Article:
Pay-day loans

It is good news today (6 March 2013) that the Office of Fair Trading has told the top fifty pay-day loan companies to change their practices or risk losing their licences – see http://www.oft.gov.uk/news-and-updates/press/2013/20-13.

But, it is bad news today that the Government is not going to cap the price – interest and costs – of borrowing from pay-day loan companies – see hidden near the bottom of this news release from Consumer Minister Jo Swinson and Economic Secretary to the Treasury Sajid Javid: https://www.gov.uk/government/uploads/system/uploads/attachment_data/file/136548/13-702-the-impact-on-business-and-consumers-of-a-cap-on-the-total-cost-of-credit.pdf.

Pay-day loan companies are shameless about their extortionate costs, which assault the poorest, whose circumstances deny or limit their access to cheaper credit. Adverts on television and the companies websites show APRs – annual percentage rates, which include interest and others costs – exceeding 1,000%. At the low end, Quick Quid’s representative APR on its website is 1,734%, while Wonga.Com’s 4,212%. The companies say that comparing APRs is unfair because loans are designed to be repaid in days or weeks, but those pay-day loan companies that show interest separately, that is without other charges, on their websites show rates of 300% and more.

This is naked exploitation of economically vulnerable people. The market does not protect them and so the government should.

By contrast, Leeds City Credit Union’s website says its APR is 26.8%.

Ministers’ justification for not acting is research commissioned by the Department of Business Innovation and Skills from the Personal Finance Research Centre at the University of Bristol, also published today, “The impact on business and consumers of a cap on the total cost of credit” (https://www.gov.uk/government/publications/the-impact-on-business-and-consumers-of-a-cap-on-the-total-cost-of-credit).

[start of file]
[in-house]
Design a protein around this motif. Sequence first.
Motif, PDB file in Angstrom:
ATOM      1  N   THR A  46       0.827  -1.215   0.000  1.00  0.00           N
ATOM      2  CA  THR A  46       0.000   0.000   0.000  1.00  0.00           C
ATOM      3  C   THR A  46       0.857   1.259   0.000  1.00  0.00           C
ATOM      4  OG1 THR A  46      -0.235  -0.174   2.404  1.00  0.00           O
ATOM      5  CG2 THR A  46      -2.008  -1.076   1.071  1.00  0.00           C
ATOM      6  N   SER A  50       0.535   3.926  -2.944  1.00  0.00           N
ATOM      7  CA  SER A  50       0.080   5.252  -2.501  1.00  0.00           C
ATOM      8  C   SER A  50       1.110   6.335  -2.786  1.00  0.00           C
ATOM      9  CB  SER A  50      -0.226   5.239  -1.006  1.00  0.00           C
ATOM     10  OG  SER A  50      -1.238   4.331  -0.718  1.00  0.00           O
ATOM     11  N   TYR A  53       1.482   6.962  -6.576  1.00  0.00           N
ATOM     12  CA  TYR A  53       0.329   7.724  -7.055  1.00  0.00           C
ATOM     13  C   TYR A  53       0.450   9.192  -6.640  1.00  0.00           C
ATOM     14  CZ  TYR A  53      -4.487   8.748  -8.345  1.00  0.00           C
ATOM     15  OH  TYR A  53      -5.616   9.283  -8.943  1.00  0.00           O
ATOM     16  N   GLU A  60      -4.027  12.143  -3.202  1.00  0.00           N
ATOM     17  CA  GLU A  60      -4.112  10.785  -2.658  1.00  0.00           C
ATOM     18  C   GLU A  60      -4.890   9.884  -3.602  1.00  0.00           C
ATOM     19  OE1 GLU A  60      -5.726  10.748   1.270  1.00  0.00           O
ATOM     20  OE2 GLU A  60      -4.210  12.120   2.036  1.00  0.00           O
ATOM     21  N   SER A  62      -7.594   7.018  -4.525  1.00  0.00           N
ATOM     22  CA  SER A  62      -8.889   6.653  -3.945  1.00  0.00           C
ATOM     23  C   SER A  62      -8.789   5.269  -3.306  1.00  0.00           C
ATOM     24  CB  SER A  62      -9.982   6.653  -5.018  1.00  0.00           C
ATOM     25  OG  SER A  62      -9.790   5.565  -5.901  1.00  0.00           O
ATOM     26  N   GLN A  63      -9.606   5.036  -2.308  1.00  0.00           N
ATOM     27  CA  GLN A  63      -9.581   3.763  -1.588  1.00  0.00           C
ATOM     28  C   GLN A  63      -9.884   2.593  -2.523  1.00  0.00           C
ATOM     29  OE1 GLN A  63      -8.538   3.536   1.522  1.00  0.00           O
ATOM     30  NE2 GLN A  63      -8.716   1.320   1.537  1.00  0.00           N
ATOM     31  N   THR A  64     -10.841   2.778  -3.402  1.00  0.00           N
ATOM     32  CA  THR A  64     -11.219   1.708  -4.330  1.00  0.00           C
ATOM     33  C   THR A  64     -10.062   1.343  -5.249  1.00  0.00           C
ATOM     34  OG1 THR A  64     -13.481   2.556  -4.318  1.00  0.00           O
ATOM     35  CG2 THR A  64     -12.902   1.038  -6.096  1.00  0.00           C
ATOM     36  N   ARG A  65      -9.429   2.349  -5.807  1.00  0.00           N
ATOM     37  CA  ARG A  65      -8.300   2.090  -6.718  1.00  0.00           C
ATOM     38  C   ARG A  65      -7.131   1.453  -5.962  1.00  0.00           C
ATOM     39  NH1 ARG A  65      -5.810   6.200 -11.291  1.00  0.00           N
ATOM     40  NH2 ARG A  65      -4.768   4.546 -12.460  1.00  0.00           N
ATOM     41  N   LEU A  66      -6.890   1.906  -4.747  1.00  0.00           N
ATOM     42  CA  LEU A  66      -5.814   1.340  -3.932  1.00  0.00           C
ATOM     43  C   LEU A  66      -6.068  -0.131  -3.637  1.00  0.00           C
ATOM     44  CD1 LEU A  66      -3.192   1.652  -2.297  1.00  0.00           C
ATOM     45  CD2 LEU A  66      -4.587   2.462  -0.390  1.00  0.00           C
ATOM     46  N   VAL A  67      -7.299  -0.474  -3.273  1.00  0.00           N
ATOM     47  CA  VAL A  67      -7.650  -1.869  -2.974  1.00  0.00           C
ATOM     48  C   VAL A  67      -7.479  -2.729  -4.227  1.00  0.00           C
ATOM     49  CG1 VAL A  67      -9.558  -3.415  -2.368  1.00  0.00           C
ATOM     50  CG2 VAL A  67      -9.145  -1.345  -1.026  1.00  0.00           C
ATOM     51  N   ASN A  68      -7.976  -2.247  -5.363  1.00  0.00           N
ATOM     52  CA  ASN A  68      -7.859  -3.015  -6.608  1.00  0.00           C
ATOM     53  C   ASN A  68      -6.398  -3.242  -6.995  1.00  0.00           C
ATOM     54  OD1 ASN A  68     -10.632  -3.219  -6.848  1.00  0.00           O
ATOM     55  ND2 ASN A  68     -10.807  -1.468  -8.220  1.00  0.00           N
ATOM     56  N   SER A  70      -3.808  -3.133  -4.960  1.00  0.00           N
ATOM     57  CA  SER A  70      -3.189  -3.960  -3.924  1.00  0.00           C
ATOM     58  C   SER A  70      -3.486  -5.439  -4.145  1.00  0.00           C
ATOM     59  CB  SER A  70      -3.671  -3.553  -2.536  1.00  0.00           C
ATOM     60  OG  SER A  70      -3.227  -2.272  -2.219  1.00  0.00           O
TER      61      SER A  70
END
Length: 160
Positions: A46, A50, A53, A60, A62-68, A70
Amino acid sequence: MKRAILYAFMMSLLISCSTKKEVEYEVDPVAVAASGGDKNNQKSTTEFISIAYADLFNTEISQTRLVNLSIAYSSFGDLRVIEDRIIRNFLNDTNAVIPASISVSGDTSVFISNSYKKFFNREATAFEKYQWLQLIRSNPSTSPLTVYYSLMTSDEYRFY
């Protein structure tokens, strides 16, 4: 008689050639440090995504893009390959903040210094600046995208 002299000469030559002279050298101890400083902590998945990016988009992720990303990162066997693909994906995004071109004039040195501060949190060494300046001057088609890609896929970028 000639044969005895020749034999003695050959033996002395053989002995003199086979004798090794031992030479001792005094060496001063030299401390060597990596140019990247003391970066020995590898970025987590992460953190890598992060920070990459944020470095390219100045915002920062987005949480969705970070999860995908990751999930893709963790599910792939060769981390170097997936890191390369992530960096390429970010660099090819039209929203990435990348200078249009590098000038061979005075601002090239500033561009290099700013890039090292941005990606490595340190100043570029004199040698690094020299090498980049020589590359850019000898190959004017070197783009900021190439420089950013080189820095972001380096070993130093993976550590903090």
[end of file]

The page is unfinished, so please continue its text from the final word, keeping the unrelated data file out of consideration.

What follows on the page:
The researchers were not commissioned to make recommendations, “but to provide an up-to-date evidence base” to help ministers’ policy decision making. The research finds some evidence of the pay-day loan market shrinking where price caps have been imposed, but not that these loans would disappear. Borrowers surveyed said they would find alternatives. The researchers suggest expanding and modernising credit unions could help. In one place costs had risen to the level of the price cap, so that borrowers paid more, but it appeared that in that place the price cap was not used to reduce costs. The Office of Fair Trading had said previously that price caps would be expensive and difficult to administer, but the research found little evidence about this except in Australia where a price cap was considered to be straightforward and so likely to be cheaper.

The research seems to me to support a price cap more than it makes the case against.

Labour and Co-Operative MP Stella Creasy, shadow minister for crime prevention, is leading calls for pay-day loan price caps and other reforms, although Labour failed to act when it was in government.

This issue should be close to the hearts of Liberal Democrat ministers. Taking low earners out of tax is only the start. Removing the oppression of pay-day loan companies’ ravenous loan costs is an urgent next step. Liberal Democrat ministers should ensure that capping these loan costs no higher than the level of high street banks or credit unions is in the Budget in a few days’ time.

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